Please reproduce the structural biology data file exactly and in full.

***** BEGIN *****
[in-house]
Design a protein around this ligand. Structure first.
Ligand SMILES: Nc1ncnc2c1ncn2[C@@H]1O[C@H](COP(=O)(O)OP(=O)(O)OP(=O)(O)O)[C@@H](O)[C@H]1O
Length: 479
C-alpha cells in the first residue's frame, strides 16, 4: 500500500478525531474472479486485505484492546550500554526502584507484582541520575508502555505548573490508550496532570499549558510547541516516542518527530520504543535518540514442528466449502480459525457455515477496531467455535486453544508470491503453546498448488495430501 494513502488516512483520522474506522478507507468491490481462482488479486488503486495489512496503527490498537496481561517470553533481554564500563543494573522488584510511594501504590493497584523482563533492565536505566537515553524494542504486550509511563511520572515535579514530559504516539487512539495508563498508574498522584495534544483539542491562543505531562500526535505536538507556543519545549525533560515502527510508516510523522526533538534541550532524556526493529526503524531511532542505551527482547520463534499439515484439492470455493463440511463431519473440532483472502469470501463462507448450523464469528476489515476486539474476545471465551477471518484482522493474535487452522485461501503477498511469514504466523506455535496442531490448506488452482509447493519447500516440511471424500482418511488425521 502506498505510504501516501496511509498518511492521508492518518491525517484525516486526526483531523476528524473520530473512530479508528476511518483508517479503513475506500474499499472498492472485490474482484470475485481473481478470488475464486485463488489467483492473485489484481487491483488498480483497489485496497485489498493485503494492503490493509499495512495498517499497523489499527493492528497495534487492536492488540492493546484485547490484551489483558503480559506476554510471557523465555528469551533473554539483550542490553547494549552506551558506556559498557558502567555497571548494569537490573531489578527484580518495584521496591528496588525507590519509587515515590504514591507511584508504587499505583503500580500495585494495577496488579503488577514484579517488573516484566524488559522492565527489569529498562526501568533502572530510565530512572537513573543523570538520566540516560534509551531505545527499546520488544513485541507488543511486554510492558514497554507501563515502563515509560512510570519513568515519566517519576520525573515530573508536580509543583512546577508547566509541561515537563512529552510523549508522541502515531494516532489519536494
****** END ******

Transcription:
[in-house]
Design a protein around this ligand. Structure first.
Ligand SMILES: Nc1ncnc2c1ncn2[C@@H]1O[C@H](COP(=O)(O)OP(=O)(O)OP(=O)(O)O)[C@@H](O)[C@H]1O
Length: 479
C-alpha cells in the first residue's frame, strides 16, 4: 500500500478525531474472479486485505484492546550500554526502584507484582541520575508502555505548573490508550496532570499549558510547541516516542518527530520504543535518540514442528466449502480459525457455515477496531467455535486453544508470491503453546498448488495430501 494513502488516512483520522474506522478507507468491490481462482488479486488503486495489512496503527490498537496481561517470553533481554564500563543494573522488584510511594501504590493497584523482563533492565536505566537515553524494542504486550509511563511520572515535579514530559504516539487512539495508563498508574498522584495534544483539542491562543505531562500526535505536538507556543519545549525533560515502527510508516510523522526533538534541550532524556526493529526503524531511532542505551527482547520463534499439515484439492470455493463440511463431519473440532483472502469470501463462507448450523464469528476489515476486539474476545471465551477471518484482522493474535487452522485461501503477498511469514504466523506455535496442531490448506488452482509447493519447500516440511471424500482418511488425521 502506498505510504501516501496511509498518511492521508492518518491525517484525516486526526483531523476528524473520530473512530479508528476511518483508517479503513475506500474499499472498492472485490474482484470475485481473481478470488475464486485463488489467483492473485489484481487491483488498480483497489485496497485489498493485503494492503490493509499495512495498517499497523489499527493492528497495534487492536492488540492493546484485547490484551489483558503480559506476554510471557523465555528469551533473554539483550542490553547494549552506551558506556559498557558502567555497571548494569537490573531489578527484580518495584521496591528496588525507590519509587515515590504514591507511584508504587499505583503500580500495585494495577496488579503488577514484579517488573516484566524488559522492565527489569529498562526501568533502572530510565530512572537513573543523570538520566540516560534509551531505545527499546520488544513485541507488543511486554510492558514497554507501563515502563515509560512510570519513568515519566517519576520525573515530573508536580509543583512546577508547566509541561515537563512529552510523549508522541502515531494516532489519536494